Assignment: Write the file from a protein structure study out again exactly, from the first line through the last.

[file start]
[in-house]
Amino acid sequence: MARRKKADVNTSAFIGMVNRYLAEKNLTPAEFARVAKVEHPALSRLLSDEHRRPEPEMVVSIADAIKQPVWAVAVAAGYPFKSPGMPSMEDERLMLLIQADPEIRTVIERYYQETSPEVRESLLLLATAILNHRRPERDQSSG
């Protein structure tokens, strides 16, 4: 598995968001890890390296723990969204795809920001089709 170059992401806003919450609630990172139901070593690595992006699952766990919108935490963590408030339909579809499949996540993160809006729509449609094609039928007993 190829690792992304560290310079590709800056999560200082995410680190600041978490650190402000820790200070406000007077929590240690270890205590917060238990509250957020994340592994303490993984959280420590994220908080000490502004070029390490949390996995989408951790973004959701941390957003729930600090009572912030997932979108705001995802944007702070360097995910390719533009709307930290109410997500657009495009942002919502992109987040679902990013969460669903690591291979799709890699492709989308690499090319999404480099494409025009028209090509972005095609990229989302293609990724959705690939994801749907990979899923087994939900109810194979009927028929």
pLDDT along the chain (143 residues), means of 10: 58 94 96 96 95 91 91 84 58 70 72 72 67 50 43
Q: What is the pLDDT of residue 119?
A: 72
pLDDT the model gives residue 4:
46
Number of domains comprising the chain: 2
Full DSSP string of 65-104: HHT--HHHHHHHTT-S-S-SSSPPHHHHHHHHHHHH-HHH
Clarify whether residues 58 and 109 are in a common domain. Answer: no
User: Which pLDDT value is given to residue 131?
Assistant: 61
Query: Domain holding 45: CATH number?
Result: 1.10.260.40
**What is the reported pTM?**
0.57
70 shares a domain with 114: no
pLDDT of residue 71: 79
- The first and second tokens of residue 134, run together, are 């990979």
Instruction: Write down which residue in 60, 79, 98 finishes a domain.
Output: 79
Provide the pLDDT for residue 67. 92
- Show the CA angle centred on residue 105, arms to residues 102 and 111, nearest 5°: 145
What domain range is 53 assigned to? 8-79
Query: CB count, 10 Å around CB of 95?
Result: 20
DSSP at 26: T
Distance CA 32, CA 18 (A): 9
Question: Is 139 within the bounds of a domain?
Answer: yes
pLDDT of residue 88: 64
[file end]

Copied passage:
[in-house]
Amino acid sequence: MARRKKADVNTSAFIGMVNRYLAEKNLTPAEFARVAKVEHPALSRLLSDEHRRPEPEMVVSIADAIKQPVWAVAVAAGYPFKSPGMPSMEDERLMLLIQADPEIRTVIERYYQETSPEVRESLLLLATAILNHRRPERDQSSG
């Protein structure tokens, strides 16, 4: 598995968001890890390296723990969204795809920001089709 170059992401806003919450609630990172139901070593690595992006699952766990919108935490963590408030339909579809499949996540993160809006729509449609094609039928007993 190829690792992304560290310079590709800056999560200082995410680190600041978490650190402000820790200070406000007077929590240690270890205590917060238990509250957020994340592994303490993984959280420590994220908080000490502004070029390490949390996995989408951790973004959701941390957003729930600090009572912030997932979108705001995802944007702070360097995910390719533009709307930290109410997500657009495009942002919502992109987040679902990013969460669903690591291979799709890699492709989308690499090319999404480099494409025009028209090509972005095609990229989302293609990724959705690939994801749907990979899923087994939900109810194979009927028929």
pLDDT along the chain (143 residues), means of 10: 58 94 96 96 95 91 91 84 58 70 72 72 67 50 43
Q: What is the pLDDT of residue 119?
A: 72
pLDDT the model gives residue 4:
46
Number of domains comprising the chain: 2
Full DSSP string of 65-104: HHT--HHHHHHHTT-S-S-SSSPPHHHHHHHHHHHH-HHH
Clarify whether residues 58 and 109 are in a common domain. Answer: no
User: Which pLDDT value is given to residue 131?
Assistant: 61
Query: Domain holding 45: CATH number?
Result: 1.10.260.40
**What is the reported pTM?**
0.57
70 shares a domain with 114: no
pLDDT of residue 71: 79
- The first and second tokens of residue 134, run together, are 């990979």
Instruction: Write down which residue in 60, 79, 98 finishes a domain.
Output: 79
Provide the pLDDT for residue 67. 92
- Show the CA angle centred on residue 105, arms to residues 102 and 111, nearest 5°: 145
What domain range is 53 assigned to? 8-79
Query: CB count, 10 Å around CB of 95?
Result: 20
DSSP at 26: T
Distance CA 32, CA 18 (A): 9
Question: Is 139 within the bounds of a domain?
Answer: yes
pLDDT of residue 88: 64